MANILA, Philippines - Japanese firms are likely to relocate to other countries in Southeast Asia including the Philippines should tensions between China and Japan persist, the Japanese Chamber of Commerce and Industry of the Philippines, Inc. (JCCIPI) said.
“If the political issue in China will continue, it will push Japanese firms there to relocate to other countries. Many may want to relocate in Southeast Asia. Japanese investors may want to relocate here,” JCCIPI vice president and executive director Nobuo Fujii said in a telephone interview yesterday.
He said it would be difficult to give a number as to how many companies would move at this point though.
He also said it is hard to tell how long the tensions between the two countries would last.
“The issue may last for one month, two months or may take longer. It may not easily be resolved,” he said.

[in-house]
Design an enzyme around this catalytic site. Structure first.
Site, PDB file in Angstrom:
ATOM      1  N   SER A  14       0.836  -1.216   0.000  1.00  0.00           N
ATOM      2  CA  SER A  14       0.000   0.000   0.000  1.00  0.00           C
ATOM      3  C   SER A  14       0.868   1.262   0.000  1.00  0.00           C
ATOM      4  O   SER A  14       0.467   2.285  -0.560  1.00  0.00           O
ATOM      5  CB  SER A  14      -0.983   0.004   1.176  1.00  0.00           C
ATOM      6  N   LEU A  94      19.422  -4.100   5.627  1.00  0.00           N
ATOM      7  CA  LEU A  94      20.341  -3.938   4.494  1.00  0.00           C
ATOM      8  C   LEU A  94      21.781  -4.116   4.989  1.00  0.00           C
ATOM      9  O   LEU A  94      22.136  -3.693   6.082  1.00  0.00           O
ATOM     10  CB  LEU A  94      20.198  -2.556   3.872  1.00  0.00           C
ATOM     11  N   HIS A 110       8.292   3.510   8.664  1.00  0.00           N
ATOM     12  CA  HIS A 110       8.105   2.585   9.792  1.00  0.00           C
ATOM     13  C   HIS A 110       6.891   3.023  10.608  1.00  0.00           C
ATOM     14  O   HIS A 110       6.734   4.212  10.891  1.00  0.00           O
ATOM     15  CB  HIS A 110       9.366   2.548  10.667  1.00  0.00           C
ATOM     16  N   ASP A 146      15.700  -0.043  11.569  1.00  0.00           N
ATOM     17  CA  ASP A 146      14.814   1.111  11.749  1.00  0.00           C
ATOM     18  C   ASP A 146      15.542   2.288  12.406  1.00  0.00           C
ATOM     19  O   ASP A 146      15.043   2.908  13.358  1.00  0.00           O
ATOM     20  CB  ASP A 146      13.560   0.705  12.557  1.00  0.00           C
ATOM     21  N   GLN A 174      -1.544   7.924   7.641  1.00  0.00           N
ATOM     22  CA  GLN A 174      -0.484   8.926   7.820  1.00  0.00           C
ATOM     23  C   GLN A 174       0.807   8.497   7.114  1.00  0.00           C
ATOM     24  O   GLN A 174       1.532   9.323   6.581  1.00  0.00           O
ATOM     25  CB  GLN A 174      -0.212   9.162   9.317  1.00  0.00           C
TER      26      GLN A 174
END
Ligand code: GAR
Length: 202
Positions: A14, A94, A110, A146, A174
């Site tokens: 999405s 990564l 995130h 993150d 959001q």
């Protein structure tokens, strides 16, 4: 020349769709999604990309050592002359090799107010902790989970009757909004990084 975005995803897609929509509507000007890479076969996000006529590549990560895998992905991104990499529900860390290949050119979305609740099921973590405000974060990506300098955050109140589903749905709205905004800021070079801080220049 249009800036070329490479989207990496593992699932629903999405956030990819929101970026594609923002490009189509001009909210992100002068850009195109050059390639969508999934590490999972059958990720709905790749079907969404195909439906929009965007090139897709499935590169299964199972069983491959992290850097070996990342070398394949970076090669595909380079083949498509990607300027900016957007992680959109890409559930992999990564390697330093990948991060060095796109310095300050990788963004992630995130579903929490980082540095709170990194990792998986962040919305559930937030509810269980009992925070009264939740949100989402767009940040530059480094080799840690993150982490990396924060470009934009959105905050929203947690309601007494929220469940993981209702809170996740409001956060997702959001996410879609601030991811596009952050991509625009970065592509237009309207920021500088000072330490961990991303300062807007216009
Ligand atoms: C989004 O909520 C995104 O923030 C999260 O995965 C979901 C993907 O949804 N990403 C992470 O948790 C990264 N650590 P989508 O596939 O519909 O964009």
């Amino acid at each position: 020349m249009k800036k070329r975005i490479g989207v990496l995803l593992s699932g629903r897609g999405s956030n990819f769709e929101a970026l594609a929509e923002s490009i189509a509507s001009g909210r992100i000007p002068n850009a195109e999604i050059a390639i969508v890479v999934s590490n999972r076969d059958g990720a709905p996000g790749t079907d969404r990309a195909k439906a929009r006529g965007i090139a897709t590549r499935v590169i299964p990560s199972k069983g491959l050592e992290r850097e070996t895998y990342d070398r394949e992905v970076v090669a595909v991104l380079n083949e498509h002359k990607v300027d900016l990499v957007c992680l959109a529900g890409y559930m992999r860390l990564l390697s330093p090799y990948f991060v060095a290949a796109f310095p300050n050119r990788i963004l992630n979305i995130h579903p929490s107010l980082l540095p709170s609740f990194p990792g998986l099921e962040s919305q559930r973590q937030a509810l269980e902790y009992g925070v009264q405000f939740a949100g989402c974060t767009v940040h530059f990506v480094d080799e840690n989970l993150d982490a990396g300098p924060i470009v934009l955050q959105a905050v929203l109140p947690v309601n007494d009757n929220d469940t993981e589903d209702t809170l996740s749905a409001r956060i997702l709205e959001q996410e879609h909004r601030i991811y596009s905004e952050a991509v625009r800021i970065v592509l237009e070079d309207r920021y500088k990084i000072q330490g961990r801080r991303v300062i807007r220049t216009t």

Protests against Japanese missions as well as shops, restaurants and car dealerships erupted in China over Japan’s move to purchase an island also claimed by Beijing.
The anti-Japan sentiment was even heightened by the anniversary of Japan’s 1931 occupation of parts of China on Tuesday.
Japanese businesses in China such as car manufacturers Toyota and Honda announced factory shutdowns amid the angry protests.
Fujii said that even prior to the violent demonstrations, some Japanese firms were already looking at the Philippines given the rising labor costs in China.
"The Philippines is seen to be an alternative given manpower costs and the quality of labor,” he said.
As compared to other Southeast Asian countries, he said Filipino workers also have an advantage in terms of the ability to speak the English language well.
He said earlier that many Japanese firms are setting up facilities in the Philippines given the availability of labor.
Among the Japanese firms that have made investments to the country recently are Canon and Brother Industries Ltd., both of which printers in their new facilities in Batangas.